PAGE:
Aquila Magazine for children, December 2015.
The curious link between smell and memory
Why is smell such a strong trigger for bringing back memories? And what happens in our brains when a memory comes flooding back?
Smells have a funny way of bringing back memories you hadn’t thought about in a long time – maybe even things you’d forgot all about. If you’re not sure what we mean, just go and take a whiff from a bottle of sunscreen. It may be winter right now, but it will bring you right back to the beach, or the park, or wherever you were the last time it was hot enough to need to put on suntan lotion. But even if it’s snowing outside, chances are the smell will trigger memories and feelings of summer, and they’ll come flooding into your head, far more intensely than they would by just talking about it.
This little memory trick works with all sorts of scents we have an emotional connection to. Think about how the smell in the air changes when summer turns to autumn, and it can only mean one thing: school’s back. Or if you’re in a car or train on the way to the sea, and you can smell the saltwater long before you can see it. Many of the smells we experience in childhood will act as doorways to memories when we’re grow up, waiting to be rediscovered if we smell something just like it again. Say if your grandfather is a woodworker and you like spending time in his workshop, the smell of wood shavings will probably remind you of this for the rest of your life. Sometimes the special smell can be really subtle, like the smell inside a toy chest or a wall clock, meaning you may not even realise it has meaning to you. But one day in the future you could find yourself smelling it again, and the effect can be striking: suddenly you will be right back to the place, and maybe even the time, where you were the first time you experienced that smell.
But how is it possible for smells to do this?
Out of the five senses – smell, sight, touch, hearing, taste – neuroscientists have discovered that smell is the oldest. What they mean by this is that in the history of evolution, creatures were early to develop the ability to “smell” chemicals in the air and water around them. Because of this, we can say that even bacteria have a sense of smell. But while we’re good at describing how things look or taste, we’re actually pretty bad at describing how something smell. While we describe tastes as sour or sweet, we usually resort to comparing smells to something else – like fresh bread, a meadow, or dog poop. Or as you might say if a smell triggers a memory: “This cake smells like my grandma’s kitchen.”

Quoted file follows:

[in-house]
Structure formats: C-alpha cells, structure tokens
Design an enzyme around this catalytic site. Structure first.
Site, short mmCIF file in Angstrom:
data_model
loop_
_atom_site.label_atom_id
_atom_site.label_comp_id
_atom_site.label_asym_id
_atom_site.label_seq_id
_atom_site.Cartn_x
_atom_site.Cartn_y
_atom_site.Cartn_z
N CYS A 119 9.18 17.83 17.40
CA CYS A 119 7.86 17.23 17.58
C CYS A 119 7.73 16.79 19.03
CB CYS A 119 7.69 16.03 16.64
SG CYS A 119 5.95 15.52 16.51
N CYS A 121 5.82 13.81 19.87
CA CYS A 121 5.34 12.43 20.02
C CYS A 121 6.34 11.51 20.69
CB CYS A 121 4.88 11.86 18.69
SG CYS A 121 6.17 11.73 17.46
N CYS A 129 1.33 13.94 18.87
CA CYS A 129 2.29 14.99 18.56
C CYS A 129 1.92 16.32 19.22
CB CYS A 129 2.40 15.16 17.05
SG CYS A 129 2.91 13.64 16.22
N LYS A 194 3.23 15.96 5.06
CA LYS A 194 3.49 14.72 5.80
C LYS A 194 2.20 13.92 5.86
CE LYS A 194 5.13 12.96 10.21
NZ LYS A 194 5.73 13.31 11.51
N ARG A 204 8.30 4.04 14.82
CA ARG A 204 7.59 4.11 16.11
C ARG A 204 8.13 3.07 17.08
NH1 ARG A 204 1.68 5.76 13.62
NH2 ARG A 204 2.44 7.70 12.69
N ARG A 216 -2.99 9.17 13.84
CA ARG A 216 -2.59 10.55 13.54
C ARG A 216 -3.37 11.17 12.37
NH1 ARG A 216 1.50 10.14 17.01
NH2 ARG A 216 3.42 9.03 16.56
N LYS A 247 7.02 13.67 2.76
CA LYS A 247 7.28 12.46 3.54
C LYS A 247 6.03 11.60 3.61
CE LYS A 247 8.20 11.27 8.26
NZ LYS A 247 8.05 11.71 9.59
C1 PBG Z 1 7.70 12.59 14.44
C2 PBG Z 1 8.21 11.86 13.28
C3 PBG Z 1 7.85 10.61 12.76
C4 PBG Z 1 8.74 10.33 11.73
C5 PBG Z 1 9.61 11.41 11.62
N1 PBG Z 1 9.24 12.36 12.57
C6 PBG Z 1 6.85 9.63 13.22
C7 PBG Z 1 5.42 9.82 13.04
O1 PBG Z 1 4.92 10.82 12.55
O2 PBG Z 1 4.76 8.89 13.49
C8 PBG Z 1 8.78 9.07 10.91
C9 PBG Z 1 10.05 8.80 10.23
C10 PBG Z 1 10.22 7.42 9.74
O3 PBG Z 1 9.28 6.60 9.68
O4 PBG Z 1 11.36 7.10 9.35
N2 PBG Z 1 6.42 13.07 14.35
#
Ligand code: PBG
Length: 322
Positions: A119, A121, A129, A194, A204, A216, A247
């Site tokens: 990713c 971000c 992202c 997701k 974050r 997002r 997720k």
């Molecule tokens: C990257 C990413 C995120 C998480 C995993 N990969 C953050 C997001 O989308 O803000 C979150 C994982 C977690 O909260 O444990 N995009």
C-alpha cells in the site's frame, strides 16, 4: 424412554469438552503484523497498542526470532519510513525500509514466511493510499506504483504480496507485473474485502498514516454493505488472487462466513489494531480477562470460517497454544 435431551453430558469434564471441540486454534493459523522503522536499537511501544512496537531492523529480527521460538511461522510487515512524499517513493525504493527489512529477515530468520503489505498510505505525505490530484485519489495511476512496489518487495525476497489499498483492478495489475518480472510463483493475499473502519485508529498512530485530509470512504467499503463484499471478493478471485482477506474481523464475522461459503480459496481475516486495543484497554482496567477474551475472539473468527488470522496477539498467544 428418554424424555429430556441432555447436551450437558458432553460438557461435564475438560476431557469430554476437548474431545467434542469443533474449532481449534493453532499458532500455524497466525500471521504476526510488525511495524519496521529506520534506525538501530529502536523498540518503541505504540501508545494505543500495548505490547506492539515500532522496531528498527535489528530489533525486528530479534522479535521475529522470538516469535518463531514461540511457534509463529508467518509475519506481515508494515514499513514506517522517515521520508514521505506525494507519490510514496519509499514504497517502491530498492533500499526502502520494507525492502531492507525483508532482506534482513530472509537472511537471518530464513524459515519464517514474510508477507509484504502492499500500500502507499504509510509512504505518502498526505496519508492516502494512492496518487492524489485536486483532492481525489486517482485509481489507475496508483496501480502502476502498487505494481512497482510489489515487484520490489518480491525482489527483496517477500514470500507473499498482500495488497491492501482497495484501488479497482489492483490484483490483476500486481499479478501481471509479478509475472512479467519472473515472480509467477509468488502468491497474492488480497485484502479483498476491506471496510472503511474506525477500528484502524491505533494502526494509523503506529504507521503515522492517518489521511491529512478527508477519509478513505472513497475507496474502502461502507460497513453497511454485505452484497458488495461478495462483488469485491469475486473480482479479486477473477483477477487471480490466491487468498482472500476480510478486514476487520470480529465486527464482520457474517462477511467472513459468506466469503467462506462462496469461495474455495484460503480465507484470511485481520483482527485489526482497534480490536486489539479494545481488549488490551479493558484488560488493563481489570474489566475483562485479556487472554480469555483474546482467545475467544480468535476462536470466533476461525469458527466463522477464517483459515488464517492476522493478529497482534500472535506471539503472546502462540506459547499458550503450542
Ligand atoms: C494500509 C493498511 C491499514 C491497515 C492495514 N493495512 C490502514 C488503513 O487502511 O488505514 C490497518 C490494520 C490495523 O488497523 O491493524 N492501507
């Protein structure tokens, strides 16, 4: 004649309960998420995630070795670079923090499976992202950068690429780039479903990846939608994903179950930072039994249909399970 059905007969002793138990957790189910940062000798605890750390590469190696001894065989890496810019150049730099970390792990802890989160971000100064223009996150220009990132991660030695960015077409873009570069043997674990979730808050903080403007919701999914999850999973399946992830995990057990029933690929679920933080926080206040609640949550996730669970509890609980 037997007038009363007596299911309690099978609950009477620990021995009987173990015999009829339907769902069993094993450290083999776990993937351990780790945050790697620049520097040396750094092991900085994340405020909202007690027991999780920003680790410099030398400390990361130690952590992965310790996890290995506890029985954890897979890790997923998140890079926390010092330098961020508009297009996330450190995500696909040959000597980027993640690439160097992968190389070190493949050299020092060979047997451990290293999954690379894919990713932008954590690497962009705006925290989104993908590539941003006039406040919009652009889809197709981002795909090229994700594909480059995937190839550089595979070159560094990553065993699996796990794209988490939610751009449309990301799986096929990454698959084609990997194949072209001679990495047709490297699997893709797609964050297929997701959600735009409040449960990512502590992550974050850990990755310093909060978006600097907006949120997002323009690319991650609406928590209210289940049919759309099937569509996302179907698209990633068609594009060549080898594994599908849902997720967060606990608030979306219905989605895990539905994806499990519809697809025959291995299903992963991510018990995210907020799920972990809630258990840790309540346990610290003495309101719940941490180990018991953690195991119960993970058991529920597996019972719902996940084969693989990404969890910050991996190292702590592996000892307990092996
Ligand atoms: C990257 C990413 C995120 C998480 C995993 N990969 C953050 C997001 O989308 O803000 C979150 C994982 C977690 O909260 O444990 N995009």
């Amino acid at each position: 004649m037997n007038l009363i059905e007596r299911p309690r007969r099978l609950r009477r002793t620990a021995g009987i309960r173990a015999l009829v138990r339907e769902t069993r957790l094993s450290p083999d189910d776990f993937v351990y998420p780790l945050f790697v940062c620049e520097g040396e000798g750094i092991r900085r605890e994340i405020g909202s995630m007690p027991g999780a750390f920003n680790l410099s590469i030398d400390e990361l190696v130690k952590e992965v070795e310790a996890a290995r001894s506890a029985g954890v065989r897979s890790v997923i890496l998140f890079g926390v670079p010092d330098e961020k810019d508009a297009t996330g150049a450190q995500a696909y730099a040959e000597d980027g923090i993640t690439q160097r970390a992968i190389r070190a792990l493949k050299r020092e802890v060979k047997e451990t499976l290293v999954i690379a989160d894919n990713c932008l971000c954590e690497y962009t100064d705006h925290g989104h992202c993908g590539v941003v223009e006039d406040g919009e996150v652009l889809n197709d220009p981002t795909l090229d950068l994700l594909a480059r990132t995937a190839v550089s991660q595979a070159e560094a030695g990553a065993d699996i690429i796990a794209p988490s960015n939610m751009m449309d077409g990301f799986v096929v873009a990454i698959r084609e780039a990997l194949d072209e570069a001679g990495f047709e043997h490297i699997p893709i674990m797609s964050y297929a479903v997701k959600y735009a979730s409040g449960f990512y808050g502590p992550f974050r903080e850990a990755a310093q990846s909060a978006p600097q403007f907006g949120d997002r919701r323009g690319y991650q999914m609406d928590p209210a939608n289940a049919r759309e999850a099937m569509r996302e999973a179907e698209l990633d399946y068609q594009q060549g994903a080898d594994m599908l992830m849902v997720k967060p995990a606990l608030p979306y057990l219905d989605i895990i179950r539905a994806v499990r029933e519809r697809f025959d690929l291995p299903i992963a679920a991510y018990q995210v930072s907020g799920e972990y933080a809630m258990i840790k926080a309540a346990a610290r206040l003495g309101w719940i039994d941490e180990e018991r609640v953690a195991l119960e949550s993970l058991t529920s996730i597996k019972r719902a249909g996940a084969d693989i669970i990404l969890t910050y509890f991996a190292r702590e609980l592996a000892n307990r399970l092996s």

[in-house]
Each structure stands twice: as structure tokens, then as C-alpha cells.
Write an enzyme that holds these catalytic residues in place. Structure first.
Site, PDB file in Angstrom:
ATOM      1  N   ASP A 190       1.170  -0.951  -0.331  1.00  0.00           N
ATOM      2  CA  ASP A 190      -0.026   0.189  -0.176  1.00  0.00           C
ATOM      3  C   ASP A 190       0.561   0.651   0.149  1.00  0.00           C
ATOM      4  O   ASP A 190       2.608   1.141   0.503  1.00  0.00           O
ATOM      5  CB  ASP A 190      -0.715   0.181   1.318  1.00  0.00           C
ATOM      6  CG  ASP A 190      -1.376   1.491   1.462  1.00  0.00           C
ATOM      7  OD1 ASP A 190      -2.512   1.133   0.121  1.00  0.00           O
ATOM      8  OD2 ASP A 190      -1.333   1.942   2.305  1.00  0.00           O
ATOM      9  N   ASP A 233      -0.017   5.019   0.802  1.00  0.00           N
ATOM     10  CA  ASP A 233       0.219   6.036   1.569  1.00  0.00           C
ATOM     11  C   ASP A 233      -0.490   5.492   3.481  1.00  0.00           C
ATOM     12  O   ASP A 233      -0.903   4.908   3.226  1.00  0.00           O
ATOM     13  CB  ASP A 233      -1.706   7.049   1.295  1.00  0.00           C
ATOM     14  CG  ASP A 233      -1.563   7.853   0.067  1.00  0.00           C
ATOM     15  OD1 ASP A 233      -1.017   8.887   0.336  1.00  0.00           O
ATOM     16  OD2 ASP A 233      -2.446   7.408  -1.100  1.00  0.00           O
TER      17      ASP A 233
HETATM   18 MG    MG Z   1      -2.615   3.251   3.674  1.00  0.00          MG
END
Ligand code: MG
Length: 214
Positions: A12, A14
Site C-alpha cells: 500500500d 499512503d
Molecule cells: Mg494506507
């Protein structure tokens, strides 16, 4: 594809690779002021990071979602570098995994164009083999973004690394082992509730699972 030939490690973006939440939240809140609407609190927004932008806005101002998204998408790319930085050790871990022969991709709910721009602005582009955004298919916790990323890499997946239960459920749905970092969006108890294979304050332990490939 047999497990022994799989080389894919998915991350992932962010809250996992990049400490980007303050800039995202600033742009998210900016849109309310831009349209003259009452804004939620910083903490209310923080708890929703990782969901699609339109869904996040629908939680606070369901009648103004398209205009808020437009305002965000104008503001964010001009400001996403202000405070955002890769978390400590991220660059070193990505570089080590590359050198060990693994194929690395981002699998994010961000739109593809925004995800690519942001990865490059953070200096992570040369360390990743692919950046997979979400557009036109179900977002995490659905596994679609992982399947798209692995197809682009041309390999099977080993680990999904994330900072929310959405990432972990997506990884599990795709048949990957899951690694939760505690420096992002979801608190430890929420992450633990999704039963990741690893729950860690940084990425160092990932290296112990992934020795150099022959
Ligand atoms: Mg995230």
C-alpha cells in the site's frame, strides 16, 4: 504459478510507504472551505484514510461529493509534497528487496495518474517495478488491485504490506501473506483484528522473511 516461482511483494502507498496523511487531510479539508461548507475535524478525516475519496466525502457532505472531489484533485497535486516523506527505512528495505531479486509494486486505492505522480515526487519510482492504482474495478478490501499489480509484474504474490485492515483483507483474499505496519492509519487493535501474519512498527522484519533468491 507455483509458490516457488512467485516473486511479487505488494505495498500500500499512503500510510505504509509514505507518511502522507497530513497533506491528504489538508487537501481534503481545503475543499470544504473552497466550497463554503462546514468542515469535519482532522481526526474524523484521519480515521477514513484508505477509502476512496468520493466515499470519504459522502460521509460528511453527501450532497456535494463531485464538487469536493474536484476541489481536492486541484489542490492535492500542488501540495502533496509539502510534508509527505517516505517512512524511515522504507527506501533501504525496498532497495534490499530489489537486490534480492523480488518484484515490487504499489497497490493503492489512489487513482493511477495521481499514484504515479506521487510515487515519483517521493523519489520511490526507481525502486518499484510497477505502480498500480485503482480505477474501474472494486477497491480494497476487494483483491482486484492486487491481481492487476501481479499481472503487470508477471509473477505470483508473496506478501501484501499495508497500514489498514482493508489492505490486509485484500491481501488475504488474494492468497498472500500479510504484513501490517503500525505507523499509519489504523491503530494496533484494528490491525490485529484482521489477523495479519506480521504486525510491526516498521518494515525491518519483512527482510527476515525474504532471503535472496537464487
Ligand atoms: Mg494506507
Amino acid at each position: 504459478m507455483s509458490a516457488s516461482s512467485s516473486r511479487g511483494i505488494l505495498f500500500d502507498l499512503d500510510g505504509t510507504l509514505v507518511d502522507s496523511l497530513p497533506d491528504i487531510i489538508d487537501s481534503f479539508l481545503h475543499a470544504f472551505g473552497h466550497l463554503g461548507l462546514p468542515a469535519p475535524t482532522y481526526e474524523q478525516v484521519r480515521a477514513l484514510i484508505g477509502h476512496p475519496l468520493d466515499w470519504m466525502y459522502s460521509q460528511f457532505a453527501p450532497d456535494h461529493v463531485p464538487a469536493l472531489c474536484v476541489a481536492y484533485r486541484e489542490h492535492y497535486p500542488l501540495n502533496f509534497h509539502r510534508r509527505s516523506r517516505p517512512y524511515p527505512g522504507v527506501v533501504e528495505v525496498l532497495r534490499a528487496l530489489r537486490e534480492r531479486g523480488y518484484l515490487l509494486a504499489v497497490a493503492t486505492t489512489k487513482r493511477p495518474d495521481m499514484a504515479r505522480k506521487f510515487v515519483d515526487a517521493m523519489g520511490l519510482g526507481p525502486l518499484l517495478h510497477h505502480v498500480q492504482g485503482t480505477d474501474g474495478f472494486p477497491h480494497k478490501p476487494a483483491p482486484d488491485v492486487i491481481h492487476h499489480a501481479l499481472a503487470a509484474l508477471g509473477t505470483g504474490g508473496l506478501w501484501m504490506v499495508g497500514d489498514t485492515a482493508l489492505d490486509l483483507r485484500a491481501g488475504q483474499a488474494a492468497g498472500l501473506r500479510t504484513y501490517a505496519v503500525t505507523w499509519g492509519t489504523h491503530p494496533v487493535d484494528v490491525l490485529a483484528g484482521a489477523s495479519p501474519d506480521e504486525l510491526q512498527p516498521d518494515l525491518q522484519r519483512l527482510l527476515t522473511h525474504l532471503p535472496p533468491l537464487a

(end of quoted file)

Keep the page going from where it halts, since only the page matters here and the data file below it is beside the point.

Let’s take a look at how we process scents inside our brains. The part of the brain responsible for handling smells is called the olfactory bulb: it starts inside the nose before running up into the brain. The olfactory bulb has connections to two other parts of the brain: the amygdala, which deals with emotion, and the hippocampus, which is very important for creating memories. Most other senses don’t touch on these areas as they travel into the brain, meaning they’re not as likely to bring back memories of the same intensity. Maybe that’s why hearing the word “rose” isn’t as effective for remembering as smelling a rose?
Another unique thing about smell is that it moves very quickly to reach deep inside the brain, unlike the other senses which travel along a less direct pathway. Take vision – it starts in the eyes of course, before moving on to a relay station inside the brain called the thalamus, and only then moving further into the brain. Hearing does the same thing. Smell, however, skips the extra step and goes straight for the olfactory bulb. We don’t quite know why this happens, but having a straighter route with fewer pit stops may account for some of the reason that smells can hit us so hard. Researchers have actually discovered that using words to describe things can make the memories less intense, because when we talk about something that’s happened, we start to think of it like a story that we’re shaping, instead of just experiencing raw emotions.
But why can smells bring back memories so faint we thought we’d lost them? We’re not completely sure why this happens, but there’s a few clues in the brain’s memory centre, the hippocampus. Here’s one way to think about it: if a person were to suffer brain damage that affected their hippocampus, they would struggle to remember things after they had happened. But they could still learn new things. So for example, if that person with brain damage were to learn how to ride a bicycle, they wouldn’t remember learning it – but if given a bike, they would be able to ride it. This is because the memory of learning, and the ability to ride a bike, is saved in different places in the brain. That makes it possible to forget the smell of fresh snow at Christmas, but smelling it again years later could still trigger the experience of snow, and we’d feel something. So even if we have lost the memory, the experience could still be kept safe inside our brains, waiting for the right smell to bring it back.